Have you ever been in a conversation and suddenly realize that everybody’s run out of things to talk about?
We can help.
Just toss one of these fillers in, and watch the action pick up.
(Fillers are those scraps of information that newspapers use when there’s space left over at the end of their story.)
• In 1993 a French mountaineer died. Gerard Hommel had successfully conquered Everest six times. How did he die? He fell off the ladder while changing a light bulb in his kitchen.
• Grand Chess Master Nikolai Gudkov beat a computer three times in a row in 1992. When he touched the computer for the fourth game, it electrocuted him!
• On the front door of the National Association of Telemarketers there is a sign that reads “Absolutely No Soliciting”.
• According to the Guinness Brewing Company, each year over two hundred thousand pints of beer are lost – soaked up in the drinkers’ beards and mustaches.
• Limburger has lost the dubious title of World’s Worst Smelling Cheese. The new champion is the French variety called Vieux Bologne. Those who have dared to approach say it smells “like a barnyard”.
• If you have a sweet tooth for M&M’s, don’t worry about the possibility of a shortage. Manufacturer Mars reports that they make four hundred million M&M’s – every day!
Years ago, the different colors meant different flavors, but no more. They were too expensive to make, driving the price too high.
• According to the experts, an avocado has 60 percent more potassium than a banana. The answer? A banana today, an avocado tomorrow, or a salad containing both! And it’s a pretty good excuse to pig out on Mexican food.
• How’s business? Well, every three minutes five Barbie Dolls are sold on Ebay,
• Henry Ford’s first car was called the Quadricycle. It was made of bicycle parts. (Of course it was. There were no car parts manufacturers in those pre-car days.)
• Is there such a thing as a Cover Boy (as in Cover Girl)? If so, we nominate Michael Jordan, who has appeared on the cover of Sports Illustrated forty nine times at last count.
• The world’s top three oil-producing countries are Saudi Arabia, Russia, and the United States.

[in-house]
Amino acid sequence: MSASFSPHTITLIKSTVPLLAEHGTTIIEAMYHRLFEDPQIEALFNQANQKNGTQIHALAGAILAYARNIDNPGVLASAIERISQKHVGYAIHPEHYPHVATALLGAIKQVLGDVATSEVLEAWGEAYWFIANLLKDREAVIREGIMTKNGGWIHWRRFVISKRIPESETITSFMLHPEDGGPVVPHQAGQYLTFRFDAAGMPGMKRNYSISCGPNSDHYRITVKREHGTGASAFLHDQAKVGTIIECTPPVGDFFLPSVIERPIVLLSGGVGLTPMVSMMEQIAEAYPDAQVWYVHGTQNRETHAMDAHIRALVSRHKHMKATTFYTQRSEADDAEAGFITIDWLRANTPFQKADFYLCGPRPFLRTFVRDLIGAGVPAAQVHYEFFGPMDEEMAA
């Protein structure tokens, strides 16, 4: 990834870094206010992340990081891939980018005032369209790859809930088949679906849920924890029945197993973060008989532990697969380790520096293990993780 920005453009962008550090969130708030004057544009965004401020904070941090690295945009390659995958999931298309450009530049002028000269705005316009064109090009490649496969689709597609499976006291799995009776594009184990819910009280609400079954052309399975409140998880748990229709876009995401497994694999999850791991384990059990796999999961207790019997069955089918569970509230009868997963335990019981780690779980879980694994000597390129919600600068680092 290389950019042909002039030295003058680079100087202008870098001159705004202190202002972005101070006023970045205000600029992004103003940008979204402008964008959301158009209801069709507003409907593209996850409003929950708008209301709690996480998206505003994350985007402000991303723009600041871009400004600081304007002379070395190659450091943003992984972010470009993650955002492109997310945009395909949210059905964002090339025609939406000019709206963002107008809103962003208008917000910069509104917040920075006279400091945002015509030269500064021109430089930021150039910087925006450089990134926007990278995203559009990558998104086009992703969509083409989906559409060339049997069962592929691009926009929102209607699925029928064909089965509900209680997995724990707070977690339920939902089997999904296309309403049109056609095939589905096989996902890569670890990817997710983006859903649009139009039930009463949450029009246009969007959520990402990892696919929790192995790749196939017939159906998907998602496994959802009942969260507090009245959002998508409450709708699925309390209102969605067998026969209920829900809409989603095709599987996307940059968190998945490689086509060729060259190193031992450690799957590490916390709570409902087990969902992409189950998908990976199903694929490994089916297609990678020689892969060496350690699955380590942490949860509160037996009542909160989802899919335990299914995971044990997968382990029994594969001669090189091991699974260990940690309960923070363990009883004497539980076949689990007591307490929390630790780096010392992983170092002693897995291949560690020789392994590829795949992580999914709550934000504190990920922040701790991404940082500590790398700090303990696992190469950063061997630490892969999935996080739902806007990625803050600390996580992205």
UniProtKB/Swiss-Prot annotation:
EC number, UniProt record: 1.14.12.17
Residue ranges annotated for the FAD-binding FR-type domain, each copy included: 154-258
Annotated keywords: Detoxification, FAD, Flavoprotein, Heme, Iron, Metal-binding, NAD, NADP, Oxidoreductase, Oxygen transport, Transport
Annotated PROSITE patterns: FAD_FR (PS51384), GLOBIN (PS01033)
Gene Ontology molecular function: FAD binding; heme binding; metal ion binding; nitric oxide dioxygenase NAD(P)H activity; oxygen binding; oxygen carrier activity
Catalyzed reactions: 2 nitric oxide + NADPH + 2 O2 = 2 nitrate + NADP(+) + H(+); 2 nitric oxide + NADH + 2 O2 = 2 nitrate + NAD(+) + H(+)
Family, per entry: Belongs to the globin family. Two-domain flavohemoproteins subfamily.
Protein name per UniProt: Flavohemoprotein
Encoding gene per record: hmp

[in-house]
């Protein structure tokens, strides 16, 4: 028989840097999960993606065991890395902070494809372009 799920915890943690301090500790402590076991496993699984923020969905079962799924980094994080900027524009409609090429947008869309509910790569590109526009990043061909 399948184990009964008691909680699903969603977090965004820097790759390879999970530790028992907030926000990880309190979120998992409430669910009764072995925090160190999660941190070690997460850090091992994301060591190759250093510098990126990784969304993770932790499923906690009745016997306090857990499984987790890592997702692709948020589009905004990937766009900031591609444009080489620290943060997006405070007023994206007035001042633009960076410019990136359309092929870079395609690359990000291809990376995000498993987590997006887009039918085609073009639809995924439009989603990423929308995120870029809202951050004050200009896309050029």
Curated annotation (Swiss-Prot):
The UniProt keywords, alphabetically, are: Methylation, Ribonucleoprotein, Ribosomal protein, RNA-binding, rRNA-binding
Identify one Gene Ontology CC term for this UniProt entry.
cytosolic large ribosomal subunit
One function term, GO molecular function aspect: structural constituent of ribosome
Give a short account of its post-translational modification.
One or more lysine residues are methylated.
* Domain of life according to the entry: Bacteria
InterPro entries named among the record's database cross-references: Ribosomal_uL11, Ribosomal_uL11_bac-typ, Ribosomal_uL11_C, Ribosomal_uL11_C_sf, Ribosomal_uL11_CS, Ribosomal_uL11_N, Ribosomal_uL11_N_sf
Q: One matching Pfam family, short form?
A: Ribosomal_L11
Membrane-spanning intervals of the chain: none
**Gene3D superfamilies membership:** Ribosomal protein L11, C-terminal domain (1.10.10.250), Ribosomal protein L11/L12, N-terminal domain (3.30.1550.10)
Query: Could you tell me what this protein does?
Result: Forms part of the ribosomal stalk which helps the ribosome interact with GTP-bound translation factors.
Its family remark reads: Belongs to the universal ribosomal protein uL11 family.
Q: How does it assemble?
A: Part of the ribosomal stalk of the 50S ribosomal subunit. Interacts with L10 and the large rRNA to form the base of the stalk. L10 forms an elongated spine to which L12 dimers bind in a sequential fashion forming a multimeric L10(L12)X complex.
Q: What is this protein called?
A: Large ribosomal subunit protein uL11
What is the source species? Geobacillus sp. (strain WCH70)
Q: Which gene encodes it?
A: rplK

The US produces as much oil as it buys from other countries, but if we used our own instead of buying foreign oil, the US would lose millions of dollars in import and export taxes.
• The farthest distance a pumpkin has been hurled without the use of explosives is 3, 718 feet – well over half a mile!
This is part of a regular and hotly contested competition and the method includes a large cannon and compressed air.
• The state fish of Hawaii is the humuhumunukunukaupua’a. (No, I don’t know how that’s pronounced; I had enough trouble just trying to spell it correctly.)
• The longest word in the Japanese language is ‘Chi-n-chi-ku-ri-n’. It means “very shortest person." And now you know why Orientals are referred to as “inscrutable."
• The ‘heat’ in chiles is the alkaloid capsacin, and the ‘heat scale’ ranges from Zero for Bell Peppers to 557,000 Scoville units for the hottest recorded pepper – the Red savina habanero.
Antidote? Try cold milk.
• Here’s one you’ll love. Washington D.C, has more psychiatrists per capita than any other city in the entire U. S. A.
• Choices, choices, choices. Your drinking friends may be interested to learn that Doctor Pepper, Coca-Cola and Hires Root Beer were all invented in 1886.
• Twenty percent of all potatoes grown in the United States wind up as French fries. (Want a burger with that?)
• Tell this to the nearest smart Alec: the English sparrow isn’t a sparrow – and it’s not English. It was introduced to England by the invading Romans.
• If you’re one of those diehard manual milkers, you probably already know that it will take about 345 “squirts” to get a gallon of milk.
• The top rated television show in the 1951-52 season was Arthur Godfrey’s Talent Scouts. In 1951 through 1955, it was I Love Lucy.
• How far is a light year? About six trillion miles. (Hitch hikers are not allowed.)
Now that you’ve loaded up on facts, you’re ready to take on that blowhard who’s been hogging the spotlight, and here’s the best part. All of your facts are verifiable.
Let’s see him top that!
— Newton Columnist Mike Morton writes weekly for the Kansan. He can be reached at email@example.com